The third Grand Prix series 2014-2015 starts with the first stage in Baku (Azerbaijan). Back in 2008 it was also the capital of Azerbaijan which hosted the first ever Grand Prix stage and a great deal has changed since then as FIDE has organized 30 Grand Prix tournaments.
In contrast to the two previous Grand Prix cycles the number of tournaments was decreased from six to four to be held over two years (2014-2015). Each of 16 players of Grand Prix series will play in three tournaments out of four and all his results will be taken into account for the overall final standings of the Grand Prix. The winner and second placed player overall of the Grand Prix Series will qualify for the Candidates Tournament to be held in the last quarter of 2015 or the first half of 2016.

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Baku Grand Prix: Round 9

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Round 9: Six players lead after day full of excitement!

After the entertaining round 9 of FIDE Grand Prix in Baku and losses by Caruana and Gelfand, the tournament is wide open with only two games to go!
The round abounded with the decisive results despite two relatively quick draws in Radjabov-Karjakin and Svidler-Tomashevsky.
Next, Nakamura won a piece from Kasimdzhanov, while Mamedyarov defeated Gelfand.
More action followed when Caruana erred and allowed Grischuk to unleash the combined power of the queen and the knight.
Dominguez assumed the advantage after Andreikin's ungrounded piece sacrifice, but then the Cuban lost the thread and the game.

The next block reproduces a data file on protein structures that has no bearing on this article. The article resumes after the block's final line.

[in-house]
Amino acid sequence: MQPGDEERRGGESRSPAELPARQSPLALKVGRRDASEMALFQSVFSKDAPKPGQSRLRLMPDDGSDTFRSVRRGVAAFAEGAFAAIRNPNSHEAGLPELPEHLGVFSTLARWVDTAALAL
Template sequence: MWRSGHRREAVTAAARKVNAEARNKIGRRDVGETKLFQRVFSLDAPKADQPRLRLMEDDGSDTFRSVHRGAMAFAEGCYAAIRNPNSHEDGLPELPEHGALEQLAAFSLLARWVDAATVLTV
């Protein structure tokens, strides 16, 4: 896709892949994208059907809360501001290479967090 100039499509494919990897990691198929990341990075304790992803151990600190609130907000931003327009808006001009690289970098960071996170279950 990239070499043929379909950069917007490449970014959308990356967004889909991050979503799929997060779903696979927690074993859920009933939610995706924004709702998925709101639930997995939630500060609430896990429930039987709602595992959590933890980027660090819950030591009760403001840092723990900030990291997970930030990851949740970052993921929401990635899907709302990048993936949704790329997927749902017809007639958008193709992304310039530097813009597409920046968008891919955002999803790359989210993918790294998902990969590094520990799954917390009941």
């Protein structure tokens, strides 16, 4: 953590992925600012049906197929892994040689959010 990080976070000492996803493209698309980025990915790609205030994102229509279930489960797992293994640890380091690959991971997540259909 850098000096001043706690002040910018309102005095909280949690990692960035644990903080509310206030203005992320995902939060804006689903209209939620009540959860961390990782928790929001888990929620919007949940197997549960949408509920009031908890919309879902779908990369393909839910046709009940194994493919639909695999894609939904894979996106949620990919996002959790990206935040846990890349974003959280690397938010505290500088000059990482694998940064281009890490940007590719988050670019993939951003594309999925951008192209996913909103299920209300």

Two rounds before the end as many as six players are sharing the lead: Caruana, Nakamura, Karjakin, Gelfand, Radjabov and Svidler.

Results and pairings are here, crosstable is here. Visit also the photo gallery and replay the games.



Nakamura - Kasimdzhanov 1-0

Black attempted to play the Berlin Ruy Lopez but white avoided the famous queenless middlegame and preferred the structure similar to the Exchange Variation.
White succeeded in pushing d4 and black gave up the bishops' pair in order to trade the queens.
Black looked solid until Nakamura set a small trap with 22.Bg3 into which his opponent fell head in. With white trapping a piece on the back-rank, black immediately gave up.



Mamedyarov - Gelfand 1-0

White's restrained opening setup with 4.e3 was probably devised against Gelfand's favourite Gruenfeld Indian defence. The play soon transposed to the Benoni, where black appeared to have an extra tempo.
The light-squared bishops were exchanged and it looked like black will equalise with ease.
But after a couple of aimless moves by Gelfand white got some action going against the d6-pawn.